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LIBERTY MUTUAL v. ECOWATER SYSTEMS

United States District Court, N.D. Illinois


May 11, 2004.

Liberty Mutual
v.
Ecowater Systems

The opinion of the court was delivered by: PHILIP REINHARD, District Judge

MEMORANDUM OPINION AND ORDER

Plaintiff, Liberty Mutual Insurance Co., as subrogee of Donna Duty, its insured, filed a diversity action against defendant, Ecowater Systems, Inc., the manufacturer of a water softener that plaintiff alleges caused a fire in the Duty home. Defendant has filed a motion for sanctions pursuant to Fed.R.Civ.P. 37, contending that plaintiff failed to produce a water heater located near the suspect water softener and which may have provided evidence of an alternative cause of the fire. Defendant seeks as a sanction either the dismissal of the law suit or preclusion of any evidence related to the softener as the cause of the fire.

It is undisputed that a fire occurred in the Duty home. The fire originated and was limited to an area of the basement where the softener and the water heater were located. Duty contacted plaintiff who sent a claims adjuster, Jody Martin, to inspect the fire scene.

  According to Martin, it appeared from the condition of the softener, which had extensive fire damage, that the softener caused the fire. Immediately adjacent to the softener was the water heater that had sustained some fire damage, including melting of the insulation on some of the wiring.

  Martin hired another company to conduct a fire scene investigation. The investigator also concluded that the fire originated in the softener.

  At Martin's direction, the softener was removed and sent to Kragh Engineering where it was inspected. The engineer who inspected the softener also concluded the fire started in the softener.

  There are also numerous photographs of the fire scene that show the extensive damage to the softener as well as the damage to the water heater.

  Martin did not request an inspection of the water heater, nor did she preserve it. It was subsequently lost when it was replaced.

  Defendant's expert was allowed to examine the softener as well as view the photographic evidence, including that of the water heater. In his affidavit submitted in support of defendant's motion, defendant's expert states that based on his investigation and inspection of the softener that it "was not likely the cause of the fire." He further asserts that "[w]ithout examination and inspection of the gas water heater, [he] [is] unable to determine if the gas water heater did cause the fire."

  The thrust of defendant's motion for sanctions is that even though plaintiff preserved the water softener and its expert had an opportunity to inspect it, the failure to preserve the damaged water heater precluded defendant obtaining evidence to show that the fire was actually caused by the water heater.

  In a diversity case, the federal rules of procedure and evidence apply. See Allstate Ins. Co. v. Sunbeam Corp., 53 F.3d 804, 806 (7th Cir. 1995). A party's pre-suit duty to preserve evidence is substantive, so Illinois law applies to that issue. Lawrence v. Harley-Davidson Motor Co., No. 99 C 2609, 1999 WL 637172, * 2 (N.D. Ill. Aug. 12, 1999). Rule 37 applies where a party fails to produce an item for inspection pursuant to a discovery request even in the absence of court order. Langley v. Union Electric Co., 107 F.3d 510, 514 (7th Cir. 1997). Rule 37 sanctions may only be imposed where a party displays wilfulness, bad faith, or fault. Langley, 107 F.3d at 514. Fault is determined by the reasonableness of the conduct, or the lack thereof, that culminated in the discovery violation. Langley, 107 F.3d at 514. A particular sanction under Rule 37 must be proportionate to the circumstances surrounding the failure to comply with discovery. Langley, 107 F.3d at 515.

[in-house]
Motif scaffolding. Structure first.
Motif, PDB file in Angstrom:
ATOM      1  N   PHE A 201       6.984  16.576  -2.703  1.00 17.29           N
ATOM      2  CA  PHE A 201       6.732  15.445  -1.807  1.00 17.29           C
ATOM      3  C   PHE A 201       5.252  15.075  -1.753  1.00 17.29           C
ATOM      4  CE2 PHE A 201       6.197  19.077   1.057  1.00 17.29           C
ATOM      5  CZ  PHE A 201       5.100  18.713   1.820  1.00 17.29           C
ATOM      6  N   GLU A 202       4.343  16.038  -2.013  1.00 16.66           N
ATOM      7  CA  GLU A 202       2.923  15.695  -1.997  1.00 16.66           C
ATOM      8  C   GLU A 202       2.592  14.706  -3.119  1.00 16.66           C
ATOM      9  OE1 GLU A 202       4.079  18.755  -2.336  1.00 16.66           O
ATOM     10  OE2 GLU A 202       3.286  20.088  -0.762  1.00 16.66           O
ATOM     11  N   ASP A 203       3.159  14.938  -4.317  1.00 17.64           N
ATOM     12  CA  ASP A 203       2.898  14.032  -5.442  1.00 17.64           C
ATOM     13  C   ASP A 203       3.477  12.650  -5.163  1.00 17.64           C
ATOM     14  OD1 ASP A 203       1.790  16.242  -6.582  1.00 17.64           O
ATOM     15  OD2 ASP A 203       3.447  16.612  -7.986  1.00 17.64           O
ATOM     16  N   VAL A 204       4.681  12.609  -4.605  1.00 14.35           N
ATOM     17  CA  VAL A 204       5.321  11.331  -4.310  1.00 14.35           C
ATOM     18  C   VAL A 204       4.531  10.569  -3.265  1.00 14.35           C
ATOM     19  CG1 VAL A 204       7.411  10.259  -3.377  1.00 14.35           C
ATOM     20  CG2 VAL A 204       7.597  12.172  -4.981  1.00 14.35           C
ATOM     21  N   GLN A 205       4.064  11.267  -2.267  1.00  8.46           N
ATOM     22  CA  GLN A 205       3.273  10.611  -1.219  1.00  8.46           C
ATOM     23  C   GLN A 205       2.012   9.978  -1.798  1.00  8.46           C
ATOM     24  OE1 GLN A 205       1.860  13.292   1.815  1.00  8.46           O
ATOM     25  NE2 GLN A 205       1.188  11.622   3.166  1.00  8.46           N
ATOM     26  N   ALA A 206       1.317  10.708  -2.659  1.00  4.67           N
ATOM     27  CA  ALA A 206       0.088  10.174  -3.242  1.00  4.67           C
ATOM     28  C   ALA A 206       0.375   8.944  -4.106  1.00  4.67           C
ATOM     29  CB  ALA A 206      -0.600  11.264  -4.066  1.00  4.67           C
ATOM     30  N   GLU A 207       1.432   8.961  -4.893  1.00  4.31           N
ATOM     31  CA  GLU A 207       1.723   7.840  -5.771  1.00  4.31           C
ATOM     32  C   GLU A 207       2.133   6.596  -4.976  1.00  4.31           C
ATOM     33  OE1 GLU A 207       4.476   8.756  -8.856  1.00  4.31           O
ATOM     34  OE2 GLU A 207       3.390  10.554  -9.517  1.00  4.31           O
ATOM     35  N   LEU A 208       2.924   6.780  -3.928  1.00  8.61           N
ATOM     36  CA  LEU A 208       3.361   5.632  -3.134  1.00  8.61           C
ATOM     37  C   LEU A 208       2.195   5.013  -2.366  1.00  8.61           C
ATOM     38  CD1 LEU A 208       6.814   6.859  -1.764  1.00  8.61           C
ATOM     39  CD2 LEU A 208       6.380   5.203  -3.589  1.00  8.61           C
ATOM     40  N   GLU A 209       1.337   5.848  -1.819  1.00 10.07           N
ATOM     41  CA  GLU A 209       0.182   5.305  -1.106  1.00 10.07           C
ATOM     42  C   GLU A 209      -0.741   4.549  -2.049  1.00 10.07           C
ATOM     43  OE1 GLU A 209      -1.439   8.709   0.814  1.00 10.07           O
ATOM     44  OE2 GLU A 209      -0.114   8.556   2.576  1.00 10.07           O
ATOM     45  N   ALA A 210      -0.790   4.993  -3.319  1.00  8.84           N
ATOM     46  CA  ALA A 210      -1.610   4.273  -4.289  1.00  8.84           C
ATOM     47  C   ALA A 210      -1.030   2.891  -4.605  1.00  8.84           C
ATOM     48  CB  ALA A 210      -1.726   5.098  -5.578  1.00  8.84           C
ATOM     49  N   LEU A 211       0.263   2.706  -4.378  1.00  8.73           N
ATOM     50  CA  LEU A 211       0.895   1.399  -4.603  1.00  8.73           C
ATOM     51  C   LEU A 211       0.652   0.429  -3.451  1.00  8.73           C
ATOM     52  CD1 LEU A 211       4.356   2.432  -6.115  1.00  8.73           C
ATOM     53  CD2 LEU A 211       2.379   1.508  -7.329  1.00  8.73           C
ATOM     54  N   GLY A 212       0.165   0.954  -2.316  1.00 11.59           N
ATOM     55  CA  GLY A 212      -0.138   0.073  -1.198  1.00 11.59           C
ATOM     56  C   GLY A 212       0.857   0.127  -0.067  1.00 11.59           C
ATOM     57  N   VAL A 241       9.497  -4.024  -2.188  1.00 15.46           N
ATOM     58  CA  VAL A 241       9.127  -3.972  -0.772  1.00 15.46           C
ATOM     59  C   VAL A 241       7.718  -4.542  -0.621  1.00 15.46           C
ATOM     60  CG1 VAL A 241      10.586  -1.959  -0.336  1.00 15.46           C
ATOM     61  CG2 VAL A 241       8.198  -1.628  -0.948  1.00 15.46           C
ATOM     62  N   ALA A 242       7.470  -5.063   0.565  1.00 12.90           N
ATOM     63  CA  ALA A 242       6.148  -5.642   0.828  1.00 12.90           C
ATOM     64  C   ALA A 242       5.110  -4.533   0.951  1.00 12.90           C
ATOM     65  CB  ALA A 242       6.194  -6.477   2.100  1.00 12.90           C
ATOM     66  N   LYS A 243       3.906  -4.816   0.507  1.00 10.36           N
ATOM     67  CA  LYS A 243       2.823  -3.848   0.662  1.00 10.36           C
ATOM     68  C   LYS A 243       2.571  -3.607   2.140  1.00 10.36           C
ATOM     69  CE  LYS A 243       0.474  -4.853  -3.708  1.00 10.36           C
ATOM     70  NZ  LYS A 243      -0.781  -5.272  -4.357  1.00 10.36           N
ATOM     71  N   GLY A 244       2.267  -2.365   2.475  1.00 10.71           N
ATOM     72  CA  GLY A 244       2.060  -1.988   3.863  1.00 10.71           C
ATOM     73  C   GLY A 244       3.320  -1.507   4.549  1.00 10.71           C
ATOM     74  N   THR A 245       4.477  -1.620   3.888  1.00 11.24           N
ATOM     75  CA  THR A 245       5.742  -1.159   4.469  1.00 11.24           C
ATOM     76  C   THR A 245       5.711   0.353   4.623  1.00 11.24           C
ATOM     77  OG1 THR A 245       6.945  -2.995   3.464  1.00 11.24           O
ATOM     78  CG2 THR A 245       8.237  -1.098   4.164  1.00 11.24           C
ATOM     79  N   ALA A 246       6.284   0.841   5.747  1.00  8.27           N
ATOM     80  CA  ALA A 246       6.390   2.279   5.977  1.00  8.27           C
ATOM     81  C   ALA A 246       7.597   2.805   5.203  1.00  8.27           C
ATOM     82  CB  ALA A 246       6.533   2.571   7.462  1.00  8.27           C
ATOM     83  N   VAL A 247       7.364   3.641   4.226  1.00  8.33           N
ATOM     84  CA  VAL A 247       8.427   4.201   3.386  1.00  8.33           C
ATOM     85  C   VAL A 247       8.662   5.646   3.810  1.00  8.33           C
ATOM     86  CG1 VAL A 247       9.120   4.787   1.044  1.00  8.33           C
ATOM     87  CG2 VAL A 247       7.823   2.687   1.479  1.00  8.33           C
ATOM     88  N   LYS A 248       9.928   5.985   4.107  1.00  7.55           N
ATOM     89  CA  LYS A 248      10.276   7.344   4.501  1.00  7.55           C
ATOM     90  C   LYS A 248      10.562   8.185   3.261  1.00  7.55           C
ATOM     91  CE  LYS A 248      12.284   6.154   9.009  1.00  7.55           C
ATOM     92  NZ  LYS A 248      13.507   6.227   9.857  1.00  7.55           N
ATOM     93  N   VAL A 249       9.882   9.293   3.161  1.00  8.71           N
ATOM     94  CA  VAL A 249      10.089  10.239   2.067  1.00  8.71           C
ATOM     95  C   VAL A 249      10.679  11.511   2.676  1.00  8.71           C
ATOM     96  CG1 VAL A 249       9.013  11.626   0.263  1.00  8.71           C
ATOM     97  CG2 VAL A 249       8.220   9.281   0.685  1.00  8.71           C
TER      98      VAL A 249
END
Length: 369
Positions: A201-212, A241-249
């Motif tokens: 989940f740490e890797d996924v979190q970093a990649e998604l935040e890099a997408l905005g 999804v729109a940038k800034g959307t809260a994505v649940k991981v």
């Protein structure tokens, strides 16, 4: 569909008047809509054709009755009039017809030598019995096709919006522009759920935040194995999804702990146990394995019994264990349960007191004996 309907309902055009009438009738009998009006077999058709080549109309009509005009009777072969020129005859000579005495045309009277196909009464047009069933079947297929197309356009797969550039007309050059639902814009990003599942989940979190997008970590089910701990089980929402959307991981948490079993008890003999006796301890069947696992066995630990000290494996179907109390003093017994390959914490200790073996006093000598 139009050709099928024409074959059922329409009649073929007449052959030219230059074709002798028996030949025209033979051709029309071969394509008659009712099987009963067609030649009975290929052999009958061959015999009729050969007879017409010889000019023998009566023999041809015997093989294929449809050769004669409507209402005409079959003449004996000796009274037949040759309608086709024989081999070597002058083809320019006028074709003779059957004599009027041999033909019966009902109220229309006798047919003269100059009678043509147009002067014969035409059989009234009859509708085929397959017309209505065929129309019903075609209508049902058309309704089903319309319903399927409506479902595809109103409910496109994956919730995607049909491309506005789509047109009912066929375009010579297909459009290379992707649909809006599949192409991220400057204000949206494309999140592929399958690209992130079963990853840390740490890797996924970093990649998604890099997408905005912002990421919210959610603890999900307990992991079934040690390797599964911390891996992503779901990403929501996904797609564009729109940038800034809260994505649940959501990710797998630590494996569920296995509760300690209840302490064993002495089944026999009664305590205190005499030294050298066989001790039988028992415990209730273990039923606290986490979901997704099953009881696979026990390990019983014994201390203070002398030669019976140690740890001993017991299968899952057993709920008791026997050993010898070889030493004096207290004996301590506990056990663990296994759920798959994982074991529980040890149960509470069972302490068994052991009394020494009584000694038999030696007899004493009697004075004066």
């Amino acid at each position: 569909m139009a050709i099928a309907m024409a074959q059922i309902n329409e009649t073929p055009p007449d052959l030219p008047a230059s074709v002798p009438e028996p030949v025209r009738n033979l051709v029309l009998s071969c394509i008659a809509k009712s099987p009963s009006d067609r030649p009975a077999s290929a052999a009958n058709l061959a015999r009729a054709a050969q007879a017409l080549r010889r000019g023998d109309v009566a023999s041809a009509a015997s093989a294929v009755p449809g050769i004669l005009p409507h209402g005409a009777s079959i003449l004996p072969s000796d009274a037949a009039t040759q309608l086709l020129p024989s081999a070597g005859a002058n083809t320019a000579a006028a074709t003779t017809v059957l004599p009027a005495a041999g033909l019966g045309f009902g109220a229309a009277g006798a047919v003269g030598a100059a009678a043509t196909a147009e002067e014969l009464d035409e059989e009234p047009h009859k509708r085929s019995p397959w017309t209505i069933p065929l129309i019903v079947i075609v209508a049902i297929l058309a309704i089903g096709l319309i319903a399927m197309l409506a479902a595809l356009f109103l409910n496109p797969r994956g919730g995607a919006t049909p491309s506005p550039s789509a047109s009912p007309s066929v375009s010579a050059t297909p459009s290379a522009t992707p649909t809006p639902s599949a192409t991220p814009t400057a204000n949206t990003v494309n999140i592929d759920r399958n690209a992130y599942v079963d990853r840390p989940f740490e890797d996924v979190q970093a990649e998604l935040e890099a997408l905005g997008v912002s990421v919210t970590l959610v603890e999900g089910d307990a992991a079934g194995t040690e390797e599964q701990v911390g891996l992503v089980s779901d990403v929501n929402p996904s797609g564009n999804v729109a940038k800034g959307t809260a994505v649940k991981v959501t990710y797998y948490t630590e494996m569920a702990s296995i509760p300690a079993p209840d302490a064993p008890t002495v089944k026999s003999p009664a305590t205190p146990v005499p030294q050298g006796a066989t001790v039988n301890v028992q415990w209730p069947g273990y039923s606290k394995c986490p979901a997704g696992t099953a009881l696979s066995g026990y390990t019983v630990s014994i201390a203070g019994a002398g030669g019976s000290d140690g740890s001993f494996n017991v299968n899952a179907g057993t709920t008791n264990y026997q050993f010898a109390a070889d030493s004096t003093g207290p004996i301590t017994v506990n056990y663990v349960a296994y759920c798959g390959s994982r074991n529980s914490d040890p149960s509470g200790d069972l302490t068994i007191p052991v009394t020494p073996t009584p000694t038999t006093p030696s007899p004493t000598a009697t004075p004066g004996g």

In this case, it is apparent that plaintiff is at fault for the failure to preserve the water heater as it was plaintiff who controlled the fire scene and whose agents investigated the scene. Plaintiff had the authority and ability to preserve the water heater but failed to do so.

  That does not necessarily dictate a sanction, let alone a severe one such as dismissal or preclusion of evidence. Defendant's expert had ample opportunity to inspect the suspect softener and opined that it was not likely the cause of the fire. The expert also had the benefit of the photographs and descriptions of the fire scene to support his theory that the water heater was in fact the cause. This case might be different had plaintiff inspected the water heater then discarded it, thereby preventing defendant from having an equal opportunity to inspect it. While the court does not approve plaintiff's failure to preserve potentially relevant evidence, especially in light of well-established Illinois law that strongly suggests that other items in the vicinity of the fire should be preserved when litigation is contemplated, see, e.g., American Family Insurance Co. v. Village Pontiac-GMC, Inc., 223 Ill. App.3d 624, 585 N.E.2d 1115 (1992); Graves v. Daley, 172 Ill. App.3d 35, 526 N.E.2d 679 (1988), the negative impact in this particular case is minimal at best and does not warrant dismissal or evidence preclusion as a sanction. The court will, however, address prior to trial what evidence and instructions to give to the jury regarding plaintiff's failure to preserve the water heater.

  For the foregoing reasons, the court denies defendant's motion for sanctions.

20040511

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